¡Happy Cinco de Mayo! I’m not really sure why we “celebrate” this day here is the US, but I’ll be on the lookout for Mexican beers on clearance in about a week or so. 😉 Anyway…
For the last 11 months, we’ve been sharing our journey towards financial independence and early retirement. News of our upcoming move changed our plans a bit and my last day at work is now August 5, exactly three months from today! Can you believe it? I’m trying to stay productive in my job, and to be honest, it’s a daily battle to not completely check out mentally. My office is made up of genuinely good people, though, and I don’t want to go out like that.
Even with the busyness of the last few weeks, I’ve had some time to reflect on my working career and look forward to what is to come later this year and beyond. Although we often write about money, this blog is about much more than that. For me, it has really been about understanding myself and discovering what is important to me and my family. The money is simply a tool, allowing us the flexibility to reshape our lives to align with these newly-realized priorities.
Through my introspection, I’ve noticed three things about myself.
- I do not work well in a large corporate (or bureaucratic) environment.
I’m sure lots of people feel the same way. However, if that’s the case, I’m not quite as good at faking it as others may be. As I look around my office, it seems that my coworkers genuinely like their jobs and have no trouble keeping themselves busy. On the other hand, I have to actively force myself to be motivated. I am truly disinterested in my job. And the sad part is I work for an absolutely amazing company. I can’t imagine many other large organizations that would be this good to their employees. I am very fortunate to say the least.
And what’s even more interesting is that I felt almost the exact same way during the nearly nine years I spent on active duty and the year I worked as an engineering co-op while in college. I always did a good job, and it’s not like I completely slacked off or anything like that. I enjoyed being on active duty and serving in the military, just not the daily grind of inspections, checklists, and training. That’s why the reserve has been a much better fit for me.
It’s almost like if I don’t have complete control over what I’m doing, I can’t force myself to go all in.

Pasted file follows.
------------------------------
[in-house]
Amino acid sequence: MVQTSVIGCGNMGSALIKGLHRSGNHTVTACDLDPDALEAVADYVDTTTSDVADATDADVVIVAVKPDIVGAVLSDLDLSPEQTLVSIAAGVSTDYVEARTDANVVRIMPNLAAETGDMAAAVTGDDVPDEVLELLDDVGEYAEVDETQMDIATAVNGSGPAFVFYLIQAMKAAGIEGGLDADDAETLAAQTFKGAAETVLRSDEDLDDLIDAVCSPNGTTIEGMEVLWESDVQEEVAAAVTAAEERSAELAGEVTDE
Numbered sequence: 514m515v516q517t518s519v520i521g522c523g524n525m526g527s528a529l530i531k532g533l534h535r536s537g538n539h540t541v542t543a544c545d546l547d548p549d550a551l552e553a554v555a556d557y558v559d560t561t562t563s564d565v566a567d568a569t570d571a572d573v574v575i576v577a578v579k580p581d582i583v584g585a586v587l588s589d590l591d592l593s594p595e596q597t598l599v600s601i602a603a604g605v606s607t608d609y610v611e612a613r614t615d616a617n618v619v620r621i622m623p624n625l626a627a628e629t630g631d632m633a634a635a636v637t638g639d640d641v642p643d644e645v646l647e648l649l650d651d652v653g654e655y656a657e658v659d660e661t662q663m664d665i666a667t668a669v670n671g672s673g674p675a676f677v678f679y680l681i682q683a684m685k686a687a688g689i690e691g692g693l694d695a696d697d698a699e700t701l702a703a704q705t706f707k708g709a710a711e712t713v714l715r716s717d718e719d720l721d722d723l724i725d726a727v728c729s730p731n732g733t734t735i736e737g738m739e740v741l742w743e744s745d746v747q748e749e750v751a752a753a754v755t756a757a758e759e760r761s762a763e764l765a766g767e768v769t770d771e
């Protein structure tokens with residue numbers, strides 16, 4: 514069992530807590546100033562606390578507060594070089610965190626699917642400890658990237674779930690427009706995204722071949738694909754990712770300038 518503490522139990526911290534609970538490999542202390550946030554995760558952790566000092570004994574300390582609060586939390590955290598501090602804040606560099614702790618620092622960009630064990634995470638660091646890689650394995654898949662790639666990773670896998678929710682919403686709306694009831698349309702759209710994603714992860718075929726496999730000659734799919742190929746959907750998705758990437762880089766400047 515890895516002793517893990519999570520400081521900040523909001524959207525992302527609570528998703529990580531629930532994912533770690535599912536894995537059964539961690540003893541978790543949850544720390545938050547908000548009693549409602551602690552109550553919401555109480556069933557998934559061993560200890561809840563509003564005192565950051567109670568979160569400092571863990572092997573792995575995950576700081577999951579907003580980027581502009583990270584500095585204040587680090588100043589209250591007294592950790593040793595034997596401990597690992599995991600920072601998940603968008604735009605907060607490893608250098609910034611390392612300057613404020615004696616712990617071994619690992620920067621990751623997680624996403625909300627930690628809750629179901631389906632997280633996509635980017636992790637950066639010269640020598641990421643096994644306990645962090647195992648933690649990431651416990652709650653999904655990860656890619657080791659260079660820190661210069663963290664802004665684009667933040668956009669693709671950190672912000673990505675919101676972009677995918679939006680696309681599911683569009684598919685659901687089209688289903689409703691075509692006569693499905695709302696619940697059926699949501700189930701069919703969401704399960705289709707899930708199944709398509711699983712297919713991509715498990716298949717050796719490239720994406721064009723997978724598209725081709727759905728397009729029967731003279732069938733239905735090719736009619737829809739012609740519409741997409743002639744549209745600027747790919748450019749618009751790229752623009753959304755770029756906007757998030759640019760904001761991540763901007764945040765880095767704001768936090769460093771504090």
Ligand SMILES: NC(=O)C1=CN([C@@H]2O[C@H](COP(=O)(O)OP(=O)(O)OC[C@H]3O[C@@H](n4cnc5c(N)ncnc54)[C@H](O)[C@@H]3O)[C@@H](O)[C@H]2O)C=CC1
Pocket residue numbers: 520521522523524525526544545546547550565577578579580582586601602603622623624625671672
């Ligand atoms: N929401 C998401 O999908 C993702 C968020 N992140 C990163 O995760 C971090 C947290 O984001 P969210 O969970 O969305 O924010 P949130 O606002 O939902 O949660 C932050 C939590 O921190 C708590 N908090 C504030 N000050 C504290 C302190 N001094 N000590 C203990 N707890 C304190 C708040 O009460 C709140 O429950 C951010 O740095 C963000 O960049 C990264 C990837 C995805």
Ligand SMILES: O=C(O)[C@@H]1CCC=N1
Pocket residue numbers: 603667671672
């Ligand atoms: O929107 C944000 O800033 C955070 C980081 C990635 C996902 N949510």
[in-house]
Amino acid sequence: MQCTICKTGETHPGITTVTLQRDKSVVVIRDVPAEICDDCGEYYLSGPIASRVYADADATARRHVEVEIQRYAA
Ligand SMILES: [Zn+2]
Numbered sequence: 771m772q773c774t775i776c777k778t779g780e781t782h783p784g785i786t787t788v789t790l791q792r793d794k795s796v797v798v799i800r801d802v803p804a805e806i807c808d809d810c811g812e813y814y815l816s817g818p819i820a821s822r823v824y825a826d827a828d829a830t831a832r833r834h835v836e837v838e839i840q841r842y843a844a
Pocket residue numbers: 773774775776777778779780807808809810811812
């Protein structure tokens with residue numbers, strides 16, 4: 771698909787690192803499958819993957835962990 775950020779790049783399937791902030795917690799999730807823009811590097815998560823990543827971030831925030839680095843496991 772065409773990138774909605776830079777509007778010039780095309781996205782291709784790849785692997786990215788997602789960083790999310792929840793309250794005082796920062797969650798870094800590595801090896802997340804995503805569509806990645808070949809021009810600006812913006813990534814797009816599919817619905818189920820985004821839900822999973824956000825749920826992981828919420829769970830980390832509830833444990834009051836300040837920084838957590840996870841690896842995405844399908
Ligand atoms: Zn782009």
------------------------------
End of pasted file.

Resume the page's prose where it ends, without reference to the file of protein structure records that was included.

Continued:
2. I prefer uncertainty over safety.
The one “job” I can say I’ve enjoyed the most in my adult life was not really a job at all. I purchased my first individual stock in December 2012. A few months later, I took a trading class and really got hooked. By the fourth quarter of 2013, I was following the market daily and trading frequently. My passion continued to grow and in 2014, I made $35,934.19 trading stocks, nearly all of it in the first eight months of the year before I started my current job. In total, I’ve made around $60,000 trading stocks, though I haven’t traded much the last year and a half.
Maybe it was just beginner’s luck combined with a raging stock market, I don’t know. What I do know is that I felt alive when I was trading. I immersed myself in it. I loved the market fluctuations and the uncertainty. I never knew what would happen next.
Contrast this to my actual job. Show up, go to meetings, type stuff into a computer, get paid. It’s steady, it’s predictable, and it pays well. It just doesn’t do anything for me.
I’m not saying I want to be a full-time trader. Instead, I want the feeling that on any given day anything can happen.
Even with our finances, we’ve never thought much about safe withdrawal rates or whether our money will last. I’ve always been confident that we’ll just make it work.
3. I have lots of ideas that I want to pursue.
Similar to the feeling I get from trading, I get excited when potential business ideas pop into my head, which is probably on a weekly basis. For as long as I can remember, I’ve had numerous possibilities floating around in the back of my mind. I’d think about them for a while, maybe even jot down a few notes. Every time, life would get in the way and my ideas would fizzle out and fade into the background.
Aside from the awesomeness of getting to live in the UK for three years, here are a few of the things I’m most looking forward to:
- Launching and growing a travel blog
- Consulting small businesses seeking government research contracts
- Watching out for unique and interesting reserve opportunities
- Writing more consistently here on this blog
In just a few months, my excuses will be gone. I’ll have the flexibility to choose what to work on and how to spend my time. With this new found freedom will come unlimited possibilities and a world of unknowns. Any time an idea comes to mind, the only thing stopping me from exploring it will be me.
I feel like there’s an entrepreneurial spirit at my core that I’ve been repressing for years. It’s time to unleash it!